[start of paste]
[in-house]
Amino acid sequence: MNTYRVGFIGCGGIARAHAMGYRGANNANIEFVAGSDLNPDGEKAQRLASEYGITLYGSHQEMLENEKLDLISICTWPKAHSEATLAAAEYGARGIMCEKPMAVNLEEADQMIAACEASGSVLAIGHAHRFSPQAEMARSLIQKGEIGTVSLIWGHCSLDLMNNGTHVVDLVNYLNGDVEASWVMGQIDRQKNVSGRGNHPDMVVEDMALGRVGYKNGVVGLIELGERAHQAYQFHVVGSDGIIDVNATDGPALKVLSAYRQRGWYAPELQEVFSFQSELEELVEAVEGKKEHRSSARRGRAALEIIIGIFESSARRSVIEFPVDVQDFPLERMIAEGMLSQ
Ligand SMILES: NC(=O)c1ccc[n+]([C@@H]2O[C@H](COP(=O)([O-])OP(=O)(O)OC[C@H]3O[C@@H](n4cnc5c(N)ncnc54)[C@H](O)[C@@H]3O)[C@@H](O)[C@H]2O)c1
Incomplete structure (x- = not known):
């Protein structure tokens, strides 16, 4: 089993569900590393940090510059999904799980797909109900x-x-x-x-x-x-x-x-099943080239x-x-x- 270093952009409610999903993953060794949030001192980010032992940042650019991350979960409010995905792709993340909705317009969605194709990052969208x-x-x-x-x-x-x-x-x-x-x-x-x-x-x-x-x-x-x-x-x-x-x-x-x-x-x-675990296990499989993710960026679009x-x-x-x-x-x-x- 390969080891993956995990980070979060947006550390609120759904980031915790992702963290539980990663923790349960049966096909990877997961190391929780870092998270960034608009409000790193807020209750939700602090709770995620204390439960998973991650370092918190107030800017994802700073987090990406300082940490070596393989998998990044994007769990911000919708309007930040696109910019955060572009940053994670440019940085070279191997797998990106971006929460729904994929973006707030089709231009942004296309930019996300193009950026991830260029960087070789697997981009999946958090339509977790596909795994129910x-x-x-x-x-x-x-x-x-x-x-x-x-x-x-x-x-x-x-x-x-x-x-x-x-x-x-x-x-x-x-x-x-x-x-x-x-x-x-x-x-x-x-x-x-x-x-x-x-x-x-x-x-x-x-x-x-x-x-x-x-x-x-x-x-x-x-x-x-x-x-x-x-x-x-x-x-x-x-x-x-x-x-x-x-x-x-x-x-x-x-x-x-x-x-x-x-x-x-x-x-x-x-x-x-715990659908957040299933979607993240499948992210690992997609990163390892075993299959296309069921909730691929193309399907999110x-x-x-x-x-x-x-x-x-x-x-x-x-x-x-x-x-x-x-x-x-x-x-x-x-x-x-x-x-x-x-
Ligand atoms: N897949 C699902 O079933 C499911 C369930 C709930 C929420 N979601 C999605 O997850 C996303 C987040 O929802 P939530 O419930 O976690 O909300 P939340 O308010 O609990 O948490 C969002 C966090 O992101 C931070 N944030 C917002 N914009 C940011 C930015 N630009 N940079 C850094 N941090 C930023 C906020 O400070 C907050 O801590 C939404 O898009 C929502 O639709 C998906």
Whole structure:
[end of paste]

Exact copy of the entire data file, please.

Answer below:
[in-house]
Amino acid sequence: MNTYRVGFIGCGGIARAHAMGYRGANNANIEFVAGSDLNPDGEKAQRLASEYGITLYGSHQEMLENEKLDLISICTWPKAHSEATLAAAEYGARGIMCEKPMAVNLEEADQMIAACEASGSVLAIGHAHRFSPQAEMARSLIQKGEIGTVSLIWGHCSLDLMNNGTHVVDLVNYLNGDVEASWVMGQIDRQKNVSGRGNHPDMVVEDMALGRVGYKNGVVGLIELGERAHQAYQFHVVGSDGIIDVNATDGPALKVLSAYRQRGWYAPELQEVFSFQSELEELVEAVEGKKEHRSSARRGRAALEIIIGIFESSARRSVIEFPVDVQDFPLERMIAEGMLSQ
Ligand SMILES: NC(=O)c1ccc[n+]([C@@H]2O[C@H](COP(=O)([O-])OP(=O)(O)OC[C@H]3O[C@@H](n4cnc5c(N)ncnc54)[C@H](O)[C@@H]3O)[C@@H](O)[C@H]2O)c1
Incomplete structure (x- = not known):
């Protein structure tokens, strides 16, 4: 089993569900590393940090510059999904799980797909109900x-x-x-x-x-x-x-x-099943080239x-x-x- 270093952009409610999903993953060794949030001192980010032992940042650019991350979960409010995905792709993340909705317009969605194709990052969208x-x-x-x-x-x-x-x-x-x-x-x-x-x-x-x-x-x-x-x-x-x-x-x-x-x-x-675990296990499989993710960026679009x-x-x-x-x-x-x- 390969080891993956995990980070979060947006550390609120759904980031915790992702963290539980990663923790349960049966096909990877997961190391929780870092998270960034608009409000790193807020209750939700602090709770995620204390439960998973991650370092918190107030800017994802700073987090990406300082940490070596393989998998990044994007769990911000919708309007930040696109910019955060572009940053994670440019940085070279191997797998990106971006929460729904994929973006707030089709231009942004296309930019996300193009950026991830260029960087070789697997981009999946958090339509977790596909795994129910x-x-x-x-x-x-x-x-x-x-x-x-x-x-x-x-x-x-x-x-x-x-x-x-x-x-x-x-x-x-x-x-x-x-x-x-x-x-x-x-x-x-x-x-x-x-x-x-x-x-x-x-x-x-x-x-x-x-x-x-x-x-x-x-x-x-x-x-x-x-x-x-x-x-x-x-x-x-x-x-x-x-x-x-x-x-x-x-x-x-x-x-x-x-x-x-x-x-x-x-x-x-x-x-x-715990659908957040299933979607993240499948992210690992997609990163390892075993299959296309069921909730691929193309399907999110x-x-x-x-x-x-x-x-x-x-x-x-x-x-x-x-x-x-x-x-x-x-x-x-x-x-x-x-x-x-x-
Ligand atoms: N897949 C699902 O079933 C499911 C369930 C709930 C929420 N979601 C999605 O997850 C996303 C987040 O929802 P939530 O419930 O976690 O909300 P939340 O308010 O609990 O948490 C969002 C966090 O992101 C931070 N944030 C917002 N914009 C940011 C930015 N630009 N940079 C850094 N941090 C930023 C906020 O400070 C907050 O801590 C939404 O898009 C929502 O639709 C998906």
Whole structure: